• Citrix do not recommend updating directly to feature updates. Instead, uninstall the VDA and then after the feature update is complete run a Windows patch cycle. After that is complete install the VDA. Also review the image for newly installed services, Scheduled Tasks and UWP applications that should be disabled.
  • Be aware that Microsoft OS feature releases such as Anniversary Update and Creators Update can result in new profile versions being introduced. Feature releases also normally come with additional UWP applications, services and Scheduled Tasks. You should review the differences in each version and make sure you keep images optimised.

NetScaler

  • Use the TCP profile nstcp_default_XA_XD_profile with your NetScaler Gateway Virtual Servers for XenApp and XenDesktop traffic. This profile is designed for best performance of ICA traffic. It includes features such as:
    • Use nagle’s algorithm – Reduces the number of packets that need to be sent over the network by combining small outgoing messages, sending them all at once. This is good for ICA, which is by nature a chatty protocol.
    • Forward Acknowledgement – Works alongside TCP SACK and improves congestion control.
      • Note: Make sure firewalls that sit in-between the NetScalers are not tearing down TCP sessions and recreating them without the required TCP flags originally set by the TCP profile. Nagle’s algorithm etc. use flags within the TCP packet to make the end-client aware that such optimisations are supported and can be used.
  • For every assigned vCPU on your VPX appliance, assign 4GB RAM.
  • NetScaler uses TCP Multiplexing for protocols HTTP/S, TCP and Datastream (SQL). NetScaler keeps connections between it and the back-end web servers open so that web-servers do not spend their time opening and tearing down connections. Multiplexing greatly reduces the amount of resource consumption on back-end web servers. The following pictures show a typical TCP transaction without NetScaler and then a TCP transaction with NetScaler and how it is optimised. 11 packets sent and received but only 3 packets of data sent. This is a lot of overhead. Now the optimised way with NetScaler in the middle shows that the back-end web server only receives and sends 4 packets in total, whilst NetScaler does all of the work with the client.
  • HTTP/2 is not enabled by default on NetScaler. To enable, edit your HTTP Profile and then attach the profile to your desired Virtual Server or Globally. TLS1.2 must be enabled on the Virtual Server.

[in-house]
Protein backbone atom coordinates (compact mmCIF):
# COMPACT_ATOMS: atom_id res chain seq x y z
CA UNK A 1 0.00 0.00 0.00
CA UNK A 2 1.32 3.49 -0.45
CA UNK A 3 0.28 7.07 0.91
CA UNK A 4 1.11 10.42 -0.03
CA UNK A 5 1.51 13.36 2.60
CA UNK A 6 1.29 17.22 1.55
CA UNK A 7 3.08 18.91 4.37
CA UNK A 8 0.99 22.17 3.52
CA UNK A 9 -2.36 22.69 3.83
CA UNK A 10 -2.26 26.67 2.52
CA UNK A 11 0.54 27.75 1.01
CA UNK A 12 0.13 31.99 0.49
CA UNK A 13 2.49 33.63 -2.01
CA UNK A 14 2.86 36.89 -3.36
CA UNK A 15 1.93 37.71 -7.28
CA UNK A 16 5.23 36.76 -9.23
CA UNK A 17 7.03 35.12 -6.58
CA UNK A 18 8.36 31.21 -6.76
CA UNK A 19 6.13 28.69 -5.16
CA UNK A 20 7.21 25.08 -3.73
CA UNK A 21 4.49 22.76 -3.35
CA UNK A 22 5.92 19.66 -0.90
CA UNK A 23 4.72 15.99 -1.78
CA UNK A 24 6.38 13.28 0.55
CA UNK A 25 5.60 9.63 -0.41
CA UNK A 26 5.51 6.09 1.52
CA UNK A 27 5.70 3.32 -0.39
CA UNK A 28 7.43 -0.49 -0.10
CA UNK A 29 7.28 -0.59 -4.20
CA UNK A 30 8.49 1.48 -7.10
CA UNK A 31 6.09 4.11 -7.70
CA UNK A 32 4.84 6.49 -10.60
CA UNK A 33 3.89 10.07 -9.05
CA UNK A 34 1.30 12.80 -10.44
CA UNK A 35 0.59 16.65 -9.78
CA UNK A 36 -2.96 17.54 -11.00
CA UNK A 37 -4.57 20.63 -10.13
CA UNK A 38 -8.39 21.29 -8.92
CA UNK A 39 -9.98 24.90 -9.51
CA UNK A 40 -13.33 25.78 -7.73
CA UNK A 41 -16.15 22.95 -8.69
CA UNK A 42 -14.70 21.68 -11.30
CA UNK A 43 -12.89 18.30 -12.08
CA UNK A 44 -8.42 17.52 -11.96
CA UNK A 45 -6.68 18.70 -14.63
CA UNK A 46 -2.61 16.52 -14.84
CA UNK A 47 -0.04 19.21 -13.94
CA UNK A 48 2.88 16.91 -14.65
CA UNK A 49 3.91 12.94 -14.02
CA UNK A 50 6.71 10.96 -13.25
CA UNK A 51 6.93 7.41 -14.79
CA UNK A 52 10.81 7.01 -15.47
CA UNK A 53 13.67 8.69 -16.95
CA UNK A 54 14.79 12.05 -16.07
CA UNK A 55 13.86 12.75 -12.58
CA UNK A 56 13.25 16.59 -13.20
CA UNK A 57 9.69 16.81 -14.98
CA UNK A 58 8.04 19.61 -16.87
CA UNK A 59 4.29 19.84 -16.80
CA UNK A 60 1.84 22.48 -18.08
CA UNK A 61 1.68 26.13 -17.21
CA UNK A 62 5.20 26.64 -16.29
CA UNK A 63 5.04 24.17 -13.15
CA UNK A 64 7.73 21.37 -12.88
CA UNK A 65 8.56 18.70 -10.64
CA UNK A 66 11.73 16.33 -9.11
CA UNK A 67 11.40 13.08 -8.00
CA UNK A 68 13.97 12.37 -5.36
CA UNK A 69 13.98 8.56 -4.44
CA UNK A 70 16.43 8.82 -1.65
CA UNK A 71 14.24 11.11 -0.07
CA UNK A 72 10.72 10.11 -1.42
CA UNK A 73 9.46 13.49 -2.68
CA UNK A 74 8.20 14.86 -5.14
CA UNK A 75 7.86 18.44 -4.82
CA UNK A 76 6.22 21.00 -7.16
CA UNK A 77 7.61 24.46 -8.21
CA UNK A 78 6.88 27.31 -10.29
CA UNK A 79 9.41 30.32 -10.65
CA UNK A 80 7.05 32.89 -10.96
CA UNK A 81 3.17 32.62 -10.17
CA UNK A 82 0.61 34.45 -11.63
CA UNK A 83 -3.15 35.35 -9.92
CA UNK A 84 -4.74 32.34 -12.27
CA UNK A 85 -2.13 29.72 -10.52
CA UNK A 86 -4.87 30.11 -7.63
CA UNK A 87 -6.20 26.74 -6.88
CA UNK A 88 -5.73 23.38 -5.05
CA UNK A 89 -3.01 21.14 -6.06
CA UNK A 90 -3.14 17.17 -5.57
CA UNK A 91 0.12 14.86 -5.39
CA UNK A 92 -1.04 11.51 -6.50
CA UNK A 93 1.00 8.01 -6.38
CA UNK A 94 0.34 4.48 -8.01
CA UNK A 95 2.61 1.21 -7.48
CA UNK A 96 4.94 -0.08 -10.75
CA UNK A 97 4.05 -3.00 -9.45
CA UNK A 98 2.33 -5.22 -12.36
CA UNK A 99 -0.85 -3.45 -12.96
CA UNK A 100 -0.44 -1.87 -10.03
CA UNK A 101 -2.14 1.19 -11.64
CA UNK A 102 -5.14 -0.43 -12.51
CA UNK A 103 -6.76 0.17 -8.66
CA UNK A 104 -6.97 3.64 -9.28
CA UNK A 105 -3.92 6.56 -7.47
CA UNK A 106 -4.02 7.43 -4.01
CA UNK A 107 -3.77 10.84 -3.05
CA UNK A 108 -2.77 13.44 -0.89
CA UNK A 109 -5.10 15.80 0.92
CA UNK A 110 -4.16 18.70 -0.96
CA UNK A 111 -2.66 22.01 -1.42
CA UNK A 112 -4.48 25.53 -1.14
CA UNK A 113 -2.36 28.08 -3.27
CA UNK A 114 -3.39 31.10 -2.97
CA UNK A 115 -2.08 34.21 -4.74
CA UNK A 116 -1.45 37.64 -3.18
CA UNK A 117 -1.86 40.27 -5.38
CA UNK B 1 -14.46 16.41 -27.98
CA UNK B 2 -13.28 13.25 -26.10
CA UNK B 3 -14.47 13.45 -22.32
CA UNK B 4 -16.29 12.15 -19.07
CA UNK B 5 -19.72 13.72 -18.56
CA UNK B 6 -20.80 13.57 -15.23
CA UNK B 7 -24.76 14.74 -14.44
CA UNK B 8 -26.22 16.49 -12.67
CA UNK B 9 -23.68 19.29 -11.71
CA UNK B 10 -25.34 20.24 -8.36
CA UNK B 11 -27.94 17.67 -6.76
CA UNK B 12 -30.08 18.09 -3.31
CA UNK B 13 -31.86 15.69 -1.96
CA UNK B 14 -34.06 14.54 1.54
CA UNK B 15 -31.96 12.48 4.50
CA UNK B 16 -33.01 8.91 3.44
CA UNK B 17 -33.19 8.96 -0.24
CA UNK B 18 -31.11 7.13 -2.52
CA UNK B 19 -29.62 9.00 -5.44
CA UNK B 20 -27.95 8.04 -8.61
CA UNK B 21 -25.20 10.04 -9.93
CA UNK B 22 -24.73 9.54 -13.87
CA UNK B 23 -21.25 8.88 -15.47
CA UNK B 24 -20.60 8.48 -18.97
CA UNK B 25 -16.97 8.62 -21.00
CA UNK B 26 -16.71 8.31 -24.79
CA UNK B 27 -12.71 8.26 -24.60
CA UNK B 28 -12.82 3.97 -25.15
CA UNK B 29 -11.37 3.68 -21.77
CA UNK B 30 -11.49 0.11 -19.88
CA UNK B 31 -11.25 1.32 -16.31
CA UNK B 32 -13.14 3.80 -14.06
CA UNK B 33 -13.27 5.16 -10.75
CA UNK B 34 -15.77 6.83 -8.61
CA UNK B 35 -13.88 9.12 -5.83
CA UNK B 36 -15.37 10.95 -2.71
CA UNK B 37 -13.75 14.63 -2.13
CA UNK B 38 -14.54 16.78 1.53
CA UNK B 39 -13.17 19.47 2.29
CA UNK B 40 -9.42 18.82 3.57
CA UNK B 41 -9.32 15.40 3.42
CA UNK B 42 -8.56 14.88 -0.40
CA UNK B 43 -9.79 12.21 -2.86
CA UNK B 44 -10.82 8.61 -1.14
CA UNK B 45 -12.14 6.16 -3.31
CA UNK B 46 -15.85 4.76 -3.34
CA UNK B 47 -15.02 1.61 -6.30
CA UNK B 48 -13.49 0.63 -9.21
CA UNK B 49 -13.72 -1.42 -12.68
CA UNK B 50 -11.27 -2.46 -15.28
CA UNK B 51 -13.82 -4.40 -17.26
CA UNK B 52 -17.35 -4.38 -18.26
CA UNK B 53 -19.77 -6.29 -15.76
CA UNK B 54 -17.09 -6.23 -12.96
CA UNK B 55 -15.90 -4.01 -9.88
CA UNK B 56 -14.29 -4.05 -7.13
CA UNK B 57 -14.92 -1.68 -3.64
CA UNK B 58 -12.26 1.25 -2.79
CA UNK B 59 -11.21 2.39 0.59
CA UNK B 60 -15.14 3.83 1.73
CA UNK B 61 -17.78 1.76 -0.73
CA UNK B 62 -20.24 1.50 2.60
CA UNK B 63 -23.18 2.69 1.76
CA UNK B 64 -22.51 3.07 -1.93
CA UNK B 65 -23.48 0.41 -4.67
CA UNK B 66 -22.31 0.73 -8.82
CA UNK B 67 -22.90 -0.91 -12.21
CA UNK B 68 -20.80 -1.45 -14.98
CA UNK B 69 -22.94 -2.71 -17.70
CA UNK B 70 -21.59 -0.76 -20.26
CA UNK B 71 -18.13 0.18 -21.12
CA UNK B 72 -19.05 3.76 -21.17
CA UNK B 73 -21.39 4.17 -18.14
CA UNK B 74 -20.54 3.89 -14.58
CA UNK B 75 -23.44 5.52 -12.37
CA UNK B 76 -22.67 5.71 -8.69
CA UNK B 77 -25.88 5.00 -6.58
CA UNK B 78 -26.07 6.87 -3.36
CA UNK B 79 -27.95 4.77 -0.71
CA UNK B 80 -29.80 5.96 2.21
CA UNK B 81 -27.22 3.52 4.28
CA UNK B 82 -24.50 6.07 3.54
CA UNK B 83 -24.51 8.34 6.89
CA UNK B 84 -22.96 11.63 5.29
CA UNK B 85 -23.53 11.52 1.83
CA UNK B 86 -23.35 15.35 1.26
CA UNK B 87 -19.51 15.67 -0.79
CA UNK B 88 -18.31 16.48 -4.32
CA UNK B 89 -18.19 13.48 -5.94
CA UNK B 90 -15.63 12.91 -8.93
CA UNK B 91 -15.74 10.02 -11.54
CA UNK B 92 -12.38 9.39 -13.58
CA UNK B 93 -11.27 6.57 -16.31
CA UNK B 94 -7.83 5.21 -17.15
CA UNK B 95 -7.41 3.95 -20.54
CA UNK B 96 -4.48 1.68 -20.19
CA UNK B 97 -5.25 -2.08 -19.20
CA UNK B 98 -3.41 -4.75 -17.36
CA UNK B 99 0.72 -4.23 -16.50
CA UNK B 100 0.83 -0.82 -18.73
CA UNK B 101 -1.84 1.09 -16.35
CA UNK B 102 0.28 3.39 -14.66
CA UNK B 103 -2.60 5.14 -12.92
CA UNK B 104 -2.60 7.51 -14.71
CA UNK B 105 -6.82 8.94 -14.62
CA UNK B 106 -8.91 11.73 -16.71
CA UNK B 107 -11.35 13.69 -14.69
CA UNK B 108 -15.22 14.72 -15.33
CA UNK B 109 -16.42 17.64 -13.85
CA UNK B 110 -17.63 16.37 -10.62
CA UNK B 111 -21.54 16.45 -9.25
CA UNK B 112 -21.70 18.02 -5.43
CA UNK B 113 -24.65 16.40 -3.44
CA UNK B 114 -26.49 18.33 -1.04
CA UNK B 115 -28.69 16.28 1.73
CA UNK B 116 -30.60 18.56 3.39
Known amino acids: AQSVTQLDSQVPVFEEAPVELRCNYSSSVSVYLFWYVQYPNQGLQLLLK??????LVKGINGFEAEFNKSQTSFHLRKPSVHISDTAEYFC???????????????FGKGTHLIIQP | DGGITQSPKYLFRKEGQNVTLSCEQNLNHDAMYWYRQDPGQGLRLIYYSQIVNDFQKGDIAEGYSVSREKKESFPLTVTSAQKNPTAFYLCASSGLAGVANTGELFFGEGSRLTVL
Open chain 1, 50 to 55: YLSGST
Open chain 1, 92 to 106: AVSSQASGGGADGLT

• If using NetScaler VPX 12.x with vSphere, make sure to use VMXnet3 NICs.
  • When using NetScaler clustering use the N+1 method. A single node failure should not result in negative performance for your users. You should size your cluster to ensure that all remaining nodes can comfortably handle the extra traffic until the failed node is back online.
  • Be aware that the default TCP profile nstcp_default_profile is enabled on NetScaler. This profile does not enable features such as Window Scaling, Nagles Algorithm or Selective Acknowledgment which all modern clients support. For this reason, review and apply customised TCP profiles against your Virtual Servers to ensure connecting clients receive the best performance and back-end web server processing is reduced.
  • NetScaler 12 has a new option to configure an extra Management CPU. This is only currently available for certain MPX models. Issuing an extra CPU for management will boost configuration and monitoring performance.
  • As both a security practice and to avoid issues with appliances configured for High Availability, disable any unused interfaces.
  • When Load Balancing StoreFront, use Source IP persistency. When Load Balancing Web Interface, use Cookie Insert.
  • Using OpenSSL, command s_client -connect fqdn:port is useful for debugging issues with SSL servers running on NetScaler. If there are any issues with certificates you’ll be notified. In this example, NetScaler cannot verify the self-signed server certificate because it was not linked to the CA Root certificate that issued it.
  • You can get SSL performance improvements simply by upgrading NetScaler appliances to a 12.x build. Citrix performed testing with a VPX 1000 running 12.0 firmware which was able to process 2700 SSL ECDHE transactions per second versus a VPX 11.1 which was only processing 550 transactions per second.